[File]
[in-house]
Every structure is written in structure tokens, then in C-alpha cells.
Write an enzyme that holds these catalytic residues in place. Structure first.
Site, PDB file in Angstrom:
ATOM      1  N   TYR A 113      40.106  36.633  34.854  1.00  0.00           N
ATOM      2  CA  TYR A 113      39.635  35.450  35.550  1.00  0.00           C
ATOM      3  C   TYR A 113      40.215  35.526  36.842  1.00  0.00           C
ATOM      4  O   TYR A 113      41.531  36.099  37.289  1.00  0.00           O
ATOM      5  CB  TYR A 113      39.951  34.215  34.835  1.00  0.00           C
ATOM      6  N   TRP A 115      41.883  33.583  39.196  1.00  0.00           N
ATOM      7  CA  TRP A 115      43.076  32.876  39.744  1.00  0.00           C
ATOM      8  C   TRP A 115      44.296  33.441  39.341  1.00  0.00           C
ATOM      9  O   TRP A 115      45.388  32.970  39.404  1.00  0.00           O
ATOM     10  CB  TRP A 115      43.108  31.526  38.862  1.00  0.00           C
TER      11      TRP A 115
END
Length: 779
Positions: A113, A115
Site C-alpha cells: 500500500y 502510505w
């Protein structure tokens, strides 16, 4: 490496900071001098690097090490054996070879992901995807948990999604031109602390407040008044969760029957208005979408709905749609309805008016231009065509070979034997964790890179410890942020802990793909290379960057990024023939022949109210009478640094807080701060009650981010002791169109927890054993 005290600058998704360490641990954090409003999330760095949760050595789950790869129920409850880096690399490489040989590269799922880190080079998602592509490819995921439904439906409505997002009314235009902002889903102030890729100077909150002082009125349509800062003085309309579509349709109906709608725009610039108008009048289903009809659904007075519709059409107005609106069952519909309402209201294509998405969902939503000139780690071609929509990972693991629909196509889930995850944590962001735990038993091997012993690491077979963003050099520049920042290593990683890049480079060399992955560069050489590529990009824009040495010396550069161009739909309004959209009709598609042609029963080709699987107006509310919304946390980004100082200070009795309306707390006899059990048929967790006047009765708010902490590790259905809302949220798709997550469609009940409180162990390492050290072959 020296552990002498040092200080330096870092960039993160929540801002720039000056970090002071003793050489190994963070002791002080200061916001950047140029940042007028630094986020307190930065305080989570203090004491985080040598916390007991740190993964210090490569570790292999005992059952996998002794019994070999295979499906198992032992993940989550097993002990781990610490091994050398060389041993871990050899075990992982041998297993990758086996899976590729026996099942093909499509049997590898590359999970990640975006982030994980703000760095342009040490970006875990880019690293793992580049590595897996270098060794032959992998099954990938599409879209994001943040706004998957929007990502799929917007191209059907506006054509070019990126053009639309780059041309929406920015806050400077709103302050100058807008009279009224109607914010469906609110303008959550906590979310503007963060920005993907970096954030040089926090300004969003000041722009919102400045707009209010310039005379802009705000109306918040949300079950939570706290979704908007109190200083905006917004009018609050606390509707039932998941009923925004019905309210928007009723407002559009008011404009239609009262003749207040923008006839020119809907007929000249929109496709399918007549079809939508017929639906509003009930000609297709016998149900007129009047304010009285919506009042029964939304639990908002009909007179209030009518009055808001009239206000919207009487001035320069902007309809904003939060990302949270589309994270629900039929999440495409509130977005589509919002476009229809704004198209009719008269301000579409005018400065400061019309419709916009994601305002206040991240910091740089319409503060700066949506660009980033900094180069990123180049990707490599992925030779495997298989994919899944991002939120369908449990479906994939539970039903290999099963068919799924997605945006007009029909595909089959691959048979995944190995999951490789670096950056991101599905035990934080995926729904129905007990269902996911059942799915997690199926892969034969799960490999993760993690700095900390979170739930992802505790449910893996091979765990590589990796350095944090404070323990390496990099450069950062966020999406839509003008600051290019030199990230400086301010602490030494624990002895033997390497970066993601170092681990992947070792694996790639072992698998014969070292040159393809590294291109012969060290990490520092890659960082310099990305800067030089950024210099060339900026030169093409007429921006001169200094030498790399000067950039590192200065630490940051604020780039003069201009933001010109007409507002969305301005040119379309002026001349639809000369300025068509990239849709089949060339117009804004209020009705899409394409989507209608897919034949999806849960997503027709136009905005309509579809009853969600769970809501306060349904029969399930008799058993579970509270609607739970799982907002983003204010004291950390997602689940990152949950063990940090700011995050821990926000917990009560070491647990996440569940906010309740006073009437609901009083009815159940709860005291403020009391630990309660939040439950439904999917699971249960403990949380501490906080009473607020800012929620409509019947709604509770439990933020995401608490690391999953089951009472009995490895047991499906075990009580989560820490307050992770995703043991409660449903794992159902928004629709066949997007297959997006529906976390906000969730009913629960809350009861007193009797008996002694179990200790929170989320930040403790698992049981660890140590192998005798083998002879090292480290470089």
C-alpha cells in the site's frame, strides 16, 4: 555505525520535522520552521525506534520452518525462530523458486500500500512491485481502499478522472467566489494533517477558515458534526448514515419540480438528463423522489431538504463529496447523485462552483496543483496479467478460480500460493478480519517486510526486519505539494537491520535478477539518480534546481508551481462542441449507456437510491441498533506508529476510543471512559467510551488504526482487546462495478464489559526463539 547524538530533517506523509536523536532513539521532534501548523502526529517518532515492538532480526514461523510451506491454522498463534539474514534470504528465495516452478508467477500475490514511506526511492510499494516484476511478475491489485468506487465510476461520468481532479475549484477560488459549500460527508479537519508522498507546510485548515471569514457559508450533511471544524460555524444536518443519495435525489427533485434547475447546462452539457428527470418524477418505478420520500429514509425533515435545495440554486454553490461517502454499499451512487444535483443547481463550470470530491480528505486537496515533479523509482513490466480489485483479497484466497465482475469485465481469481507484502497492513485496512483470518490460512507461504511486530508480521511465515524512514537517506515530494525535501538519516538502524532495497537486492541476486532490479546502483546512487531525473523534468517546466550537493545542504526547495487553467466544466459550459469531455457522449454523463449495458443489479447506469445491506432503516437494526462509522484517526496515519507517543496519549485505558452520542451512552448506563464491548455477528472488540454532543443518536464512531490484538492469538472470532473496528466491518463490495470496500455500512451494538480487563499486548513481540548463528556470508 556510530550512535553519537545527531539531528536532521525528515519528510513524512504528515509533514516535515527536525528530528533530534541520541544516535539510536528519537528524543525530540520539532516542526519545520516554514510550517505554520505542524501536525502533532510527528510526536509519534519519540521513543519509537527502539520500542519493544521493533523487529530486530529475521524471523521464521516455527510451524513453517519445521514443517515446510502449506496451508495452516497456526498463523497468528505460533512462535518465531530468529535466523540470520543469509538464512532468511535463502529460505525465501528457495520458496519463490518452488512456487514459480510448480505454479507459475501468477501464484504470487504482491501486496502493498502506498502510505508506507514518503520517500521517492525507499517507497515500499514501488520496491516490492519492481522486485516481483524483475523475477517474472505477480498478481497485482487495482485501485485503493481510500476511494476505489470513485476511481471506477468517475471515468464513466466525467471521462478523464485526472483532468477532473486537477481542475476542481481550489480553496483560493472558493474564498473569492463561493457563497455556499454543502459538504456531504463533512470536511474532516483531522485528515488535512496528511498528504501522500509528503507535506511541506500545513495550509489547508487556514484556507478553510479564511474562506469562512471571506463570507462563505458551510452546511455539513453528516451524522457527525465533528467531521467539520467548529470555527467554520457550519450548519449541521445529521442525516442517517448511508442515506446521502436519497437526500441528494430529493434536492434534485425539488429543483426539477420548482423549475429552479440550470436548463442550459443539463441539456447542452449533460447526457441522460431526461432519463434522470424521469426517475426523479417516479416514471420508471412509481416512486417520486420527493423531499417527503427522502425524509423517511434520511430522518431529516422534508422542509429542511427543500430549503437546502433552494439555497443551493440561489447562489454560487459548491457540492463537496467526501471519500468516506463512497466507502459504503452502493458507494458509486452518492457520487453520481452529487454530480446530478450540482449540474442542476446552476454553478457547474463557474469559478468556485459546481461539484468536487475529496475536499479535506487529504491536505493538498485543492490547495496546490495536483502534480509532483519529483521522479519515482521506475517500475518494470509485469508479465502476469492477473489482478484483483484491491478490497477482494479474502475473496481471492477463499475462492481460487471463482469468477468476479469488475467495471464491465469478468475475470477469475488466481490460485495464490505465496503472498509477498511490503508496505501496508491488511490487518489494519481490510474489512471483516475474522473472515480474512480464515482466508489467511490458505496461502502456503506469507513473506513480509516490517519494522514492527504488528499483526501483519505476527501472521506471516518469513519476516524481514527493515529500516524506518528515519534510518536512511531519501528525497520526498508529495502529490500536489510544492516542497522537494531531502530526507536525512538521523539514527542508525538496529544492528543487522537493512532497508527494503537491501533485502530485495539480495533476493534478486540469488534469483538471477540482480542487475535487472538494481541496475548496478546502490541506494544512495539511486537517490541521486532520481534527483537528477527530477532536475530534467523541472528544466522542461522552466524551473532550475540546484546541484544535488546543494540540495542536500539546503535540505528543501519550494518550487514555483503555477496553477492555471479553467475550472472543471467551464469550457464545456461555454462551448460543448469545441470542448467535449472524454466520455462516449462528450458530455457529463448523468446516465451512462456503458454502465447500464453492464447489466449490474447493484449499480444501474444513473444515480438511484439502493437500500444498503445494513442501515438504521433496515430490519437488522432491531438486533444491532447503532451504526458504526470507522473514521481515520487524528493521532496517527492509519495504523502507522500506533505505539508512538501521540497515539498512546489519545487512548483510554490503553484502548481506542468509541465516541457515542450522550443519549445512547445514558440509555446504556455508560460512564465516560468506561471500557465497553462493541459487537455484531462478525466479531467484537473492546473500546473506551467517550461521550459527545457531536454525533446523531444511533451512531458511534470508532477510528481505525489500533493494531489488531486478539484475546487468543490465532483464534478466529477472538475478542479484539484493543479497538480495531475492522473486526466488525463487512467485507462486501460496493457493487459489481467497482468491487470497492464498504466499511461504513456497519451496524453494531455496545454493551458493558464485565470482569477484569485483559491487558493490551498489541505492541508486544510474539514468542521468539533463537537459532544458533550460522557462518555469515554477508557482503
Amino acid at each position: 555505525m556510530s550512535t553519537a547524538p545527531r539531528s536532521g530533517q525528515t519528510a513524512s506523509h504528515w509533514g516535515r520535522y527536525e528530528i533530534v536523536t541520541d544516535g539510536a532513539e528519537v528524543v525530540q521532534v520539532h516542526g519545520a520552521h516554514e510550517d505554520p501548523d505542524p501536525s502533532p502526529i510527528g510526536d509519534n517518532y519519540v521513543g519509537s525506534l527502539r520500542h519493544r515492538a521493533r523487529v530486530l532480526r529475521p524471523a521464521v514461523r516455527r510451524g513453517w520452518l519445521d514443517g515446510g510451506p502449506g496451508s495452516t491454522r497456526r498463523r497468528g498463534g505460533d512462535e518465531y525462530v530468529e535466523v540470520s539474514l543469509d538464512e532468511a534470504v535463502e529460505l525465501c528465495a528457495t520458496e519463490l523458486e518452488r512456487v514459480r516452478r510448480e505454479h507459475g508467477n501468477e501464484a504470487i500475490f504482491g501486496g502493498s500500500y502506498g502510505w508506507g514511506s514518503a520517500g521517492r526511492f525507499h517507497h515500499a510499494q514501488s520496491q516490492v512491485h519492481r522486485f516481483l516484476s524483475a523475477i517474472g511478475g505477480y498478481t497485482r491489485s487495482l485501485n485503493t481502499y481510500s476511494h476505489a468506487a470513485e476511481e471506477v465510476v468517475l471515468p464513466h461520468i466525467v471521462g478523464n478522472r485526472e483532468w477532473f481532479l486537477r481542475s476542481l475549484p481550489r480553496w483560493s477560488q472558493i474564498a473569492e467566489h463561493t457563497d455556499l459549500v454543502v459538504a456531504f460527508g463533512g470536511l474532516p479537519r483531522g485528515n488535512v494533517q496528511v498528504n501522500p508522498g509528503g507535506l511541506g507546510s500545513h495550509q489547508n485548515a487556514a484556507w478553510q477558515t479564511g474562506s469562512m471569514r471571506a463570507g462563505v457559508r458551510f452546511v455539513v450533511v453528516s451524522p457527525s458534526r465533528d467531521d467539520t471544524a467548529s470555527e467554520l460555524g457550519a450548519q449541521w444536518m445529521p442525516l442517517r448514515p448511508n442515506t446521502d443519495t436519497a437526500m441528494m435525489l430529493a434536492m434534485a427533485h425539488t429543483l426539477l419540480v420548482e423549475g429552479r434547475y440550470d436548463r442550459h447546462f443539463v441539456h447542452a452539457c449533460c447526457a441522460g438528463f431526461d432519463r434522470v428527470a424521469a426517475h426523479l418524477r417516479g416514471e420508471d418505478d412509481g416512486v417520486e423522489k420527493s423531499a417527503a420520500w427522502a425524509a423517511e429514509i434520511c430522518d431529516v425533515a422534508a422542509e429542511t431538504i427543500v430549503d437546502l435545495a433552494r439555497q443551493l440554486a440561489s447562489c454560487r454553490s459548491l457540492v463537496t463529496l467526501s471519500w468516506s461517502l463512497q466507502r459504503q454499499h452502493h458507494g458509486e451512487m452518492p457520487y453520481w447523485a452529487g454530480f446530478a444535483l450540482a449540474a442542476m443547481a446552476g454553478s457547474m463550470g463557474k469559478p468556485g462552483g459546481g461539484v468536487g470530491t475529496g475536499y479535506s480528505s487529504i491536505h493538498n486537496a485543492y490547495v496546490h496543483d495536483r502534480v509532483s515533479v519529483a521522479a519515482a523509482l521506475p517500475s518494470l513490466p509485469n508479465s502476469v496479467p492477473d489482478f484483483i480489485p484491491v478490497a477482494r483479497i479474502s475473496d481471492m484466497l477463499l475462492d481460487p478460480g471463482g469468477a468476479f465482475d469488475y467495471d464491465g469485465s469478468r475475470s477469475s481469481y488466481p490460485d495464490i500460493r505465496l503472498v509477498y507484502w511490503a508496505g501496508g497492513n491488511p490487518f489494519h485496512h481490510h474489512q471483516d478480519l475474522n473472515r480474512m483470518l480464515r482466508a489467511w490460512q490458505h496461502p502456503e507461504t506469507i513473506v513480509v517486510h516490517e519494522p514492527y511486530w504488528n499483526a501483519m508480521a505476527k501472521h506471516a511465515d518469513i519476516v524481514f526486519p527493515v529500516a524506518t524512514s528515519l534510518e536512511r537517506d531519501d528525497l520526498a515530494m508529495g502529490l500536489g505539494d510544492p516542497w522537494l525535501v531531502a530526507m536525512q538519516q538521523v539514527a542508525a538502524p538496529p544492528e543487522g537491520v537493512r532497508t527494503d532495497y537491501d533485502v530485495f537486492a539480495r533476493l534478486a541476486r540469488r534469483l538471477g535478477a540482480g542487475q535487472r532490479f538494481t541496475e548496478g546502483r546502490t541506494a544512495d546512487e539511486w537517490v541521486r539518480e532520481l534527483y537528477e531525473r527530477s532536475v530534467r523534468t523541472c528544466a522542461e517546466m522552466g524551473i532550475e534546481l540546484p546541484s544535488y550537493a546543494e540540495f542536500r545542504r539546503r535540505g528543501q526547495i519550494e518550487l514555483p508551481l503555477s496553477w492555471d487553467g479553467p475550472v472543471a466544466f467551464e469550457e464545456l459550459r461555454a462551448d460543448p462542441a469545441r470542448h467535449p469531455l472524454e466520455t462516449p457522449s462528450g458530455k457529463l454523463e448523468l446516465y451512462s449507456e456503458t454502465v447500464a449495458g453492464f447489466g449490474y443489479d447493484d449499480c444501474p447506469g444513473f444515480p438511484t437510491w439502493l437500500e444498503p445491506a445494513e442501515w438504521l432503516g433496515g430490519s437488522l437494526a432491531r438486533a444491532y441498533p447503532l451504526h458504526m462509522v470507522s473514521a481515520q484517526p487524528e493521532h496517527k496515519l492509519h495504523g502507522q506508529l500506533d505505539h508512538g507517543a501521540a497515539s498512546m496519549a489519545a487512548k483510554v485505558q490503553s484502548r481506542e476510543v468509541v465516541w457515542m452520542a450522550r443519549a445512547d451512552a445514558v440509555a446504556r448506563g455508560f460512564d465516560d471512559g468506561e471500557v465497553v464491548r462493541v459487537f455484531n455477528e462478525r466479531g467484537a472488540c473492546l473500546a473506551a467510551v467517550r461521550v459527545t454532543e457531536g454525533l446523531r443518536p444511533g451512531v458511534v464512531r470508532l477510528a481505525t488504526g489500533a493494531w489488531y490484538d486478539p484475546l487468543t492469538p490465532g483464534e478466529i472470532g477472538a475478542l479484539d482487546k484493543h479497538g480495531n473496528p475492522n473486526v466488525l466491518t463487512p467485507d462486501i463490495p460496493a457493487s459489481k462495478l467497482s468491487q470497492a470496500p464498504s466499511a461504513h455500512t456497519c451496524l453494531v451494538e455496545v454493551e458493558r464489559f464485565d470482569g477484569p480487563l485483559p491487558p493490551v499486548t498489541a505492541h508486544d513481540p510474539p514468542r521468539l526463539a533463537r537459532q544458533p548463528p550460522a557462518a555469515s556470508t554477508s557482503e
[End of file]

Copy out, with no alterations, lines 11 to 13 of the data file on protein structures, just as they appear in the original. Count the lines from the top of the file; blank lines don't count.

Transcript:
ATOM      7  CA  TRP A 115      43.076  32.876  39.744  1.00  0.00           C
ATOM      8  C   TRP A 115      44.296  33.441  39.341  1.00  0.00           C
ATOM      9  O   TRP A 115      45.388  32.970  39.404  1.00  0.00           O